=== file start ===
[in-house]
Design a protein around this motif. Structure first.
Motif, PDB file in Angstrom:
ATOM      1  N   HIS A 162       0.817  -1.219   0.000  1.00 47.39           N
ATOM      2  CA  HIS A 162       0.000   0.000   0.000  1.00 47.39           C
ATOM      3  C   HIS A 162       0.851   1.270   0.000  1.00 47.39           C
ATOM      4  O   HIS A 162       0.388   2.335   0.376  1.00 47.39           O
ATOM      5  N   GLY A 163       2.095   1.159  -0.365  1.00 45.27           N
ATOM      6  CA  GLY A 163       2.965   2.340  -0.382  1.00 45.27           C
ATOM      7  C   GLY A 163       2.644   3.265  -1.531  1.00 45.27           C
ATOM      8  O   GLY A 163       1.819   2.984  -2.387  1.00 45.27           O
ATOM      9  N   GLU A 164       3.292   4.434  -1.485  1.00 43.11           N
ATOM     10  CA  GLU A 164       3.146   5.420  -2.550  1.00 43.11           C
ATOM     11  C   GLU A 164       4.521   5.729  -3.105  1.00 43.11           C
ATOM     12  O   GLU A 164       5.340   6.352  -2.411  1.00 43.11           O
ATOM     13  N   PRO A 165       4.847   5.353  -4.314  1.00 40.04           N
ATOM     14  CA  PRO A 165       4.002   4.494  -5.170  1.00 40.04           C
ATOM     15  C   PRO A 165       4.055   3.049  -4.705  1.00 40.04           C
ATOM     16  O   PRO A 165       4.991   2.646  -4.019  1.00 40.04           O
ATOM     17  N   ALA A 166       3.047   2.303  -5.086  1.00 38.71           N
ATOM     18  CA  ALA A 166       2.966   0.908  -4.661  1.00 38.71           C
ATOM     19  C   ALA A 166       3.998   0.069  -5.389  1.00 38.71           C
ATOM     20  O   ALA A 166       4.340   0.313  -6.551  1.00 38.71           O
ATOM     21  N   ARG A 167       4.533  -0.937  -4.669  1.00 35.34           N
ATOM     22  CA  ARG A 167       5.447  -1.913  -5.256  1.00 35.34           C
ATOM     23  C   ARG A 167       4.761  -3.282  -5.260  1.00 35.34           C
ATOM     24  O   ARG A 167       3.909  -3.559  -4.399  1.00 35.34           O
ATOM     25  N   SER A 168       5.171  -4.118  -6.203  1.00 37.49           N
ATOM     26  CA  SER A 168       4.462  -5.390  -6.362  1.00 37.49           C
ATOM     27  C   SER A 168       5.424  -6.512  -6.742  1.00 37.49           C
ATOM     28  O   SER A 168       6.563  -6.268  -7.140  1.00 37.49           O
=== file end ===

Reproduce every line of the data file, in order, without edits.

[in-house]
Design a protein around this motif. Structure first.
Motif, PDB file in Angstrom:
ATOM      1  N   HIS A 162       0.817  -1.219   0.000  1.00 47.39           N
ATOM      2  CA  HIS A 162       0.000   0.000   0.000  1.00 47.39           C
ATOM      3  C   HIS A 162       0.851   1.270   0.000  1.00 47.39           C
ATOM      4  O   HIS A 162       0.388   2.335   0.376  1.00 47.39           O
ATOM      5  N   GLY A 163       2.095   1.159  -0.365  1.00 45.27           N
ATOM      6  CA  GLY A 163       2.965   2.340  -0.382  1.00 45.27           C
ATOM      7  C   GLY A 163       2.644   3.265  -1.531  1.00 45.27           C
ATOM      8  O   GLY A 163       1.819   2.984  -2.387  1.00 45.27           O
ATOM      9  N   GLU A 164       3.292   4.434  -1.485  1.00 43.11           N
ATOM     10  CA  GLU A 164       3.146   5.420  -2.550  1.00 43.11           C
ATOM     11  C   GLU A 164       4.521   5.729  -3.105  1.00 43.11           C
ATOM     12  O   GLU A 164       5.340   6.352  -2.411  1.00 43.11           O
ATOM     13  N   PRO A 165       4.847   5.353  -4.314  1.00 40.04           N
ATOM     14  CA  PRO A 165       4.002   4.494  -5.170  1.00 40.04           C
ATOM     15  C   PRO A 165       4.055   3.049  -4.705  1.00 40.04           C
ATOM     16  O   PRO A 165       4.991   2.646  -4.019  1.00 40.04           O
ATOM     17  N   ALA A 166       3.047   2.303  -5.086  1.00 38.71           N
ATOM     18  CA  ALA A 166       2.966   0.908  -4.661  1.00 38.71           C
ATOM     19  C   ALA A 166       3.998   0.069  -5.389  1.00 38.71           C
ATOM     20  O   ALA A 166       4.340   0.313  -6.551  1.00 38.71           O
ATOM     21  N   ARG A 167       4.533  -0.937  -4.669  1.00 35.34           N
ATOM     22  CA  ARG A 167       5.447  -1.913  -5.256  1.00 35.34           C
ATOM     23  C   ARG A 167       4.761  -3.282  -5.260  1.00 35.34           C
ATOM     24  O   ARG A 167       3.909  -3.559  -4.399  1.00 35.34           O
ATOM     25  N   SER A 168       5.171  -4.118  -6.203  1.00 37.49           N
ATOM     26  CA  SER A 168       4.462  -5.390  -6.362  1.00 37.49           C
ATOM     27  C   SER A 168       5.424  -6.512  -6.742  1.00 37.49           C
ATOM     28  O   SER A 168       6.563  -6.268  -7.140  1.00 37.49           O